➺ Omnivorous tegus are voracious eaters. They eat insects, spiders, small mammals, birds, amphibians, fruits, and seeds. They are an important part of the ecology as they disperse seeds through their droppings.

➺ Tegus enjoy digging in dirt and soaking in warm baths. They are active during the day and will burrow or hide overnight.

➺ These lizards are found in a wide variety of habitats like the rainforests, meadows, savannas, and deciduous semiarid thorn forests.
➺ Tegus are considered a delicacy in some parts of South America. Their meat is used as food for dogs as well. Tegu fat is used in medicine. They are becoming popular in the pet industry and commercial pet trade.

➺ Birds of prey, pumas, and snakes are some of the main predators of tegus. Human beings hunt them for meat and leather.

➺ They become sexually mature at 3 years of age.
➺ In the wild, they typically hibernate during the colder months. A month-long breeding season begins a few weeks after awakening from hibernation. Females lay 12 - 30 eggs.

➺ Young tegus are green with black marks. The adult color develops usually after the second year.

➺ Argentine tegus make wonderful pets, as they develop a strong bond with their hosts. Adult tegus are quite docile, calm, and mellow. These highly intellectual lizards can even be potty trained! They can come on command.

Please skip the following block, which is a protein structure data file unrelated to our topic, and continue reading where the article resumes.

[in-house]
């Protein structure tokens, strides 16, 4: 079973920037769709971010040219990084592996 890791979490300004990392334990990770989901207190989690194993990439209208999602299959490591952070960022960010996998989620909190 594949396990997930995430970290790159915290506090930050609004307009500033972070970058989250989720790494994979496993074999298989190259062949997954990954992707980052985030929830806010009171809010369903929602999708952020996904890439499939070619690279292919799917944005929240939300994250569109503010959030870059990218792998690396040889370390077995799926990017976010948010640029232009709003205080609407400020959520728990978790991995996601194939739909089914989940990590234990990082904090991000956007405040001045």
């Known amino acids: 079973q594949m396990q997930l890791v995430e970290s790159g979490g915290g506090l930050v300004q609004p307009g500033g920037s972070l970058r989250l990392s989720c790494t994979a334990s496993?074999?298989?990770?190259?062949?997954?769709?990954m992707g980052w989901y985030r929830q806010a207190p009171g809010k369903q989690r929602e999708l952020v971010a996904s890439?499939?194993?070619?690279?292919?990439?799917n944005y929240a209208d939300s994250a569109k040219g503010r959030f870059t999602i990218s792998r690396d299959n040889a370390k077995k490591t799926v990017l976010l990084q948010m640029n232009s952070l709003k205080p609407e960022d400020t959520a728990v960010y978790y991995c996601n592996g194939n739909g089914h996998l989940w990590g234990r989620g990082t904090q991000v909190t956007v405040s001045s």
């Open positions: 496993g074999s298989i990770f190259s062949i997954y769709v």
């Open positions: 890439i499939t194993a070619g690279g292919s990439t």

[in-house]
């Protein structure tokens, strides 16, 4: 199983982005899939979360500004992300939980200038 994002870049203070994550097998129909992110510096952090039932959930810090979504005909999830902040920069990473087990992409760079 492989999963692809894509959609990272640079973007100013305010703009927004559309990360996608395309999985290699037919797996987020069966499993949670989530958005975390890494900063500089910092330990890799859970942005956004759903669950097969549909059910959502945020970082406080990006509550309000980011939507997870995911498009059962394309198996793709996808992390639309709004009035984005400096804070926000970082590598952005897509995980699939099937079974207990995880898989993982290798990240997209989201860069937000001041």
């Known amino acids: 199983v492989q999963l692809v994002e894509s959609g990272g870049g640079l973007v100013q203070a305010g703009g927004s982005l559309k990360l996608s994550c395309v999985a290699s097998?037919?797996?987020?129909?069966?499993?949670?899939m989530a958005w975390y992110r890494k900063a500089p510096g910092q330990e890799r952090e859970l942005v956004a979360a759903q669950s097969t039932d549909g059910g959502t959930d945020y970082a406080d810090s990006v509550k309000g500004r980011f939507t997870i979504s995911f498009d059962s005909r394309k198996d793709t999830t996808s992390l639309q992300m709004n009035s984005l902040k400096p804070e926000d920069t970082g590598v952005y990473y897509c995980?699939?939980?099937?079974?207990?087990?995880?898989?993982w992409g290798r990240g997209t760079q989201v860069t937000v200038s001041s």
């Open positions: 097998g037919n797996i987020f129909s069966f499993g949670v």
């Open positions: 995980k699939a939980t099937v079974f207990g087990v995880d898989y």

➺ However, if they are not handled regularly, they are likely to become aggressive. They won't feel comfortable with the handler then.

➺ Tegus are good swimmers. The black and white tegu can stay under water for long periods of time.

➺ These lizards keep their ecosystems well-balanced. They clean the carcasses of dead animals and thus, prevent the spread of diseases to other animals.
➺ If a predator grasps a tegu by the tail, the lizard can release it at what's called a fracture plane. While the predator is left with a wiggling tail, the tegu has a chance to escape. The tail can regrow, but it won't generally be as long as it was before.
Invasive Species
➺ Within their native range, tegus are often thought of as pests, as they feed on chicken eggs and fowls.

➺ They are predators of birds that nest on ground. They steal eggs from the nests of alligators and turtles. They eat crocodile eggs too. For example, in some areas, 80% of 'Spectacled Caiman' (a crocodilian reptile) nests are destroyed by tegus.
➺ In Southern Florida, tegus are considered as invasive species. Tegus came from South America through the pet trade. Some of the escaped tegus (or tegus which were set free by the owners who no longer wanted them) are responsible for the uncontrollable growth of the species. The Florida Fish and Wildlife Conservation Commission (FWC) is currently working with other agencies and organizations to assess the threat of this species.
Targeted trapping and removal of tegus can help minimize their impact on native wildlife and natural areas. The number of tegus trapped around Florida City has gone up to 400 a year, from just 13 in 2009 and 21 in 2010.
As tegus have a larger potential habitat range (they can tolerate cold, and so they can extend their territory to other regions, instead of keeping themselves restricted to South Florida's tropical climate), and as they are voracious eaters, they are the most dangerous of all the invaders.
Though tegus are believed to be the best pet lizards, their care and maintenance is not easy.